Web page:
The North Carolina General Assembly convened a $42,000 special session to introduce and pass a measure that overrides an anti-discrimination ordinance in Charlotte and prevents local governments from enacting nondiscrimination policies to protect LGBT people.
The Charlotte ordinance protected LGBT residents from discrimination in public accommodations, including restaurants, hotels, taxis and bathrooms. Among other protections, it allowed transgender men and transgender women to use the restroom that corresponds to their gender identity.
Soon after the bill passed the Legislature, Gov. Pat McCrory signed the measure into law.
The measure removes the ability of any local government to protect people from discrimination on the basis of sexual orientation or gender identity and requires all public facilities, including schools, to allow restroom access only on the basis of “biological sex.”
The measure jeopardizes more than $4.5 billion in federal funding that North Carolina receives for secondary and post-secondary schools under Title IX, which prohibits sex discrimination, including discrimination against transgender students.
“Rather than expand nondiscrimination laws to protect all North Carolinians, the General Assembly instead spent $42,000 to rush through an extreme bill that undoes all local nondiscrimination laws and specifically excludes gay and transgender people from legal protections,” said Sarah Preston, acting executive director of the American Civil Liberties Union of North Carolina. “The manner in which legislators passed the most extreme anti-LGBT bill in the nation — voting hours after it was unveiled without adequate public debate — flies in the face of fairness and democracy."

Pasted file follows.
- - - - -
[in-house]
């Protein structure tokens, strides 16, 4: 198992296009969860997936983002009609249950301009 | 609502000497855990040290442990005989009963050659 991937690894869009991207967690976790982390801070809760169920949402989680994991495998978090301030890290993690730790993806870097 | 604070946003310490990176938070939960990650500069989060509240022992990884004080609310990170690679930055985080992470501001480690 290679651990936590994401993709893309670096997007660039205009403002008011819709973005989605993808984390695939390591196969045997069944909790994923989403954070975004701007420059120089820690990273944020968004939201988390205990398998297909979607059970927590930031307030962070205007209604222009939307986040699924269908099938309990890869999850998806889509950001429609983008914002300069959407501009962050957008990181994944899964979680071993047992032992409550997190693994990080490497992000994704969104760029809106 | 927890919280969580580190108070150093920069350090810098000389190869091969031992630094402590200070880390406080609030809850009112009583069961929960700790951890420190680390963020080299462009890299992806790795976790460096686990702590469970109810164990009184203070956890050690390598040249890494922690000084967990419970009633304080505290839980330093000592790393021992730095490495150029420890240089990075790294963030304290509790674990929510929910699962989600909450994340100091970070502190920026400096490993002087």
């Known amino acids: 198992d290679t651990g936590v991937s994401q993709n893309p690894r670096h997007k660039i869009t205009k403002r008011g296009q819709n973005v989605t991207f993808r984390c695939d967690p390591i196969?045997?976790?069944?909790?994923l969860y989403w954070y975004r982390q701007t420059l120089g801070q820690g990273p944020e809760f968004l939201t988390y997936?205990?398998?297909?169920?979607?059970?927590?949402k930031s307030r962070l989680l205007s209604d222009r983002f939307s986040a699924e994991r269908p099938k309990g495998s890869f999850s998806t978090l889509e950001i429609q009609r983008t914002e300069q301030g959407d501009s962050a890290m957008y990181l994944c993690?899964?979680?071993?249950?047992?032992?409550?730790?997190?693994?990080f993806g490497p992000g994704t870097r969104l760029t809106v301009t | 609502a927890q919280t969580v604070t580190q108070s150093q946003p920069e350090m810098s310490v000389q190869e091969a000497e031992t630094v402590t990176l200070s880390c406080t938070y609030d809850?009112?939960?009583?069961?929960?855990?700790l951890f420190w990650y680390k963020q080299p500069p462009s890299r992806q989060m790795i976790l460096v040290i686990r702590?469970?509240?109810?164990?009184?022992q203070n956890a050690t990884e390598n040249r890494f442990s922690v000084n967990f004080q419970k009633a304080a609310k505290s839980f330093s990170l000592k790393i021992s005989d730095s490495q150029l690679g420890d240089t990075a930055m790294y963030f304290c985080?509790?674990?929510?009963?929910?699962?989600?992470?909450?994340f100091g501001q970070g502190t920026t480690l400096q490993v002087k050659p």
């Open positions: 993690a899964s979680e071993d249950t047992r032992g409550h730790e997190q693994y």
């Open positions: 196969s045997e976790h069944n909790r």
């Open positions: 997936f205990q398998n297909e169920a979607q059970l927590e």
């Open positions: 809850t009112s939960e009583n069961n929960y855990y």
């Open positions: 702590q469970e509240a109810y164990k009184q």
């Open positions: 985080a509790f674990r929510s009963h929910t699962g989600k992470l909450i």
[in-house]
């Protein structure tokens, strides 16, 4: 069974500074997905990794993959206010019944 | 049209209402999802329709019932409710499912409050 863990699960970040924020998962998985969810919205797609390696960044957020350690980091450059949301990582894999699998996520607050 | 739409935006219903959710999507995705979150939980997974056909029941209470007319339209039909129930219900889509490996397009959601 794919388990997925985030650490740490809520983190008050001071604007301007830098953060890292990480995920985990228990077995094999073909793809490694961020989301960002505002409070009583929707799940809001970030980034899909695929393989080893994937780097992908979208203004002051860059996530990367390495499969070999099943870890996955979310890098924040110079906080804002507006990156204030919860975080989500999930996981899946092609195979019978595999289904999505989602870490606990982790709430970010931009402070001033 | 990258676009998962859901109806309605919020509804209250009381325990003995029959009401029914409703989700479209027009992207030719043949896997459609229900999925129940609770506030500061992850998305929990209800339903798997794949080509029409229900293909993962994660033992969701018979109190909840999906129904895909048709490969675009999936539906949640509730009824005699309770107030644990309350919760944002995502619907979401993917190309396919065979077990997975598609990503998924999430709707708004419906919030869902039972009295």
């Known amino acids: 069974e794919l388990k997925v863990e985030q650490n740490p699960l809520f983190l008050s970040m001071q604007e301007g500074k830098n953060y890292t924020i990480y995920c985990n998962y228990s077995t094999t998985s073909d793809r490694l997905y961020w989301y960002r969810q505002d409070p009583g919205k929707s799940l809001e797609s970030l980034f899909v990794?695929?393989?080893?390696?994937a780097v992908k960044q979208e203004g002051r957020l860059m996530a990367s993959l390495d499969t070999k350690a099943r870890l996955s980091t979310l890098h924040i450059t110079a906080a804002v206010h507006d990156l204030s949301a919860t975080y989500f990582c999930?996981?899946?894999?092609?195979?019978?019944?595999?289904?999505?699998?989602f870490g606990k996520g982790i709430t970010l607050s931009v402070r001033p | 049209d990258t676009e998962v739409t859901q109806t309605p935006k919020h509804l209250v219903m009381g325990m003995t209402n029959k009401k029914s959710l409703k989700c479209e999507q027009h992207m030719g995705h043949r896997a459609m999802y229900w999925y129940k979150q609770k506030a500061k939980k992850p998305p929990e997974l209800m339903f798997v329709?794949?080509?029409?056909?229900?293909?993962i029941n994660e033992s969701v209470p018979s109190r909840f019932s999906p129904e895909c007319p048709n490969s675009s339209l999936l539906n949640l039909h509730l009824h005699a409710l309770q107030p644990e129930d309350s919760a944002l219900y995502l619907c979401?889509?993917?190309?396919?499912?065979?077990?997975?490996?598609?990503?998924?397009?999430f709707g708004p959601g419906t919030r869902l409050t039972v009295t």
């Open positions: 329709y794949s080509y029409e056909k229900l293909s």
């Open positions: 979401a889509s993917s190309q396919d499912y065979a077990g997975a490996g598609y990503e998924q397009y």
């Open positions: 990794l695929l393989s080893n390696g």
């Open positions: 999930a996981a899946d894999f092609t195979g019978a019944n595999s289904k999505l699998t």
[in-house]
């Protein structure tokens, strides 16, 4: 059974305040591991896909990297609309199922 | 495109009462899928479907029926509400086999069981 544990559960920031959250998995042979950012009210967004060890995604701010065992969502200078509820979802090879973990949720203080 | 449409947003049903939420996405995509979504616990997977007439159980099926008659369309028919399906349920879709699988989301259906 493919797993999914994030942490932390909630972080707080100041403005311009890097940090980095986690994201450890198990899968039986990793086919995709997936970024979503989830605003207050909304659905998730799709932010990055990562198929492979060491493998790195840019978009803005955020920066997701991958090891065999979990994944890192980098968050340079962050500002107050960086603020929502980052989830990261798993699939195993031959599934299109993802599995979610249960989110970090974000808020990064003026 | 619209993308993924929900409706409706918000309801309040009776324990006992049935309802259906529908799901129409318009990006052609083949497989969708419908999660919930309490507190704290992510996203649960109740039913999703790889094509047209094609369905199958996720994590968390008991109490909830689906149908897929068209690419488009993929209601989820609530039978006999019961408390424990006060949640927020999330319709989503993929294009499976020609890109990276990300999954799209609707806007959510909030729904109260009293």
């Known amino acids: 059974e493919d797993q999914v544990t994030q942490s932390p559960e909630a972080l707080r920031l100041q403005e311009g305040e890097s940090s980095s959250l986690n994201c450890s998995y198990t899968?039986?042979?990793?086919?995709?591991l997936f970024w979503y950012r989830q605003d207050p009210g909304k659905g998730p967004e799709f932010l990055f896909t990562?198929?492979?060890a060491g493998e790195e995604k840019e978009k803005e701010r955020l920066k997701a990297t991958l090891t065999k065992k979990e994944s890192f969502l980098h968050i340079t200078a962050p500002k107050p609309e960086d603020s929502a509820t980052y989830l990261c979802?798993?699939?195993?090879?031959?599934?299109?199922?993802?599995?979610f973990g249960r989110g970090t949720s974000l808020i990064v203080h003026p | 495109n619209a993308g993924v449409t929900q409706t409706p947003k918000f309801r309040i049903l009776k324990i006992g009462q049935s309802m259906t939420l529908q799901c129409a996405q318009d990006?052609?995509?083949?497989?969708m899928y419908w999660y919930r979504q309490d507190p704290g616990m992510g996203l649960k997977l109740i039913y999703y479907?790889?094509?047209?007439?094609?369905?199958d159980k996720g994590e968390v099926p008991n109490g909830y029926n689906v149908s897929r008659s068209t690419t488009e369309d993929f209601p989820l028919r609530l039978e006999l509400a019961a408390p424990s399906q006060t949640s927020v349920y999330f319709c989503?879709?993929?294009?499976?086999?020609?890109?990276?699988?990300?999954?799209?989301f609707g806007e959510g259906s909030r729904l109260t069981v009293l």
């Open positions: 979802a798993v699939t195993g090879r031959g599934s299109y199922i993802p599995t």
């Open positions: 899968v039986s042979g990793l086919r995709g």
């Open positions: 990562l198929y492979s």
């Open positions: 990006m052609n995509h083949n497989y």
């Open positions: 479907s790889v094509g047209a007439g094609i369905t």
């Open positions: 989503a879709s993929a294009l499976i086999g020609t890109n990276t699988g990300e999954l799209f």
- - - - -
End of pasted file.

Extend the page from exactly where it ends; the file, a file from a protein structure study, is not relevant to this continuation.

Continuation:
More than 200 cities, including Myrtle Beach and Columbia, South Carolina, have adopted nondiscrimination ordinances similar to Charlotte’s without negative consequences.
The North Carolina League of Municipalities, Attorney General Roy Cooper, Red Hat and Dow Chemical were among those who came out in opposition to the bill, in addition to major companies including Apple, Siemens, Microsoft, and AT&T who supported the Charlotte ordinance.
A Public Policy Polling survey released on March 22 showed widespread, bipartisan agreement among state voters that the Legislature should leave Charlotte’s ordinance alone.
"We did everything we could to defeat this legislation that was introduced and signed during a hastily-called special session of the General Assembly. We collaborated closely with Equality North Carolina, National Center for Transgender Equality, ACLU, HRC, Freedom for All Americans, and others to prepare spokespeople, connect constituents to their lawmakers via calls and emails, and to educate lawmakers directly," said Rebecca Isaacs, executive director of the Equality Federation, a coalition of LGBT civil rights groups. "Unfortunately, we were up against a conservative House, Senate, and a governor who has been relying on disgusting, fear-mongering, anti-transgender rhetoric to fuel his re-election campaign."
The next step may lead to the courthouse.
"We’re not giving up. The ACLU and Equality North Carolina are exploring a path forward in the courts. Several rallies are being held today. And, large businesses in the state like DOW Chemicals are standing strong against discrimination," Isaacs said.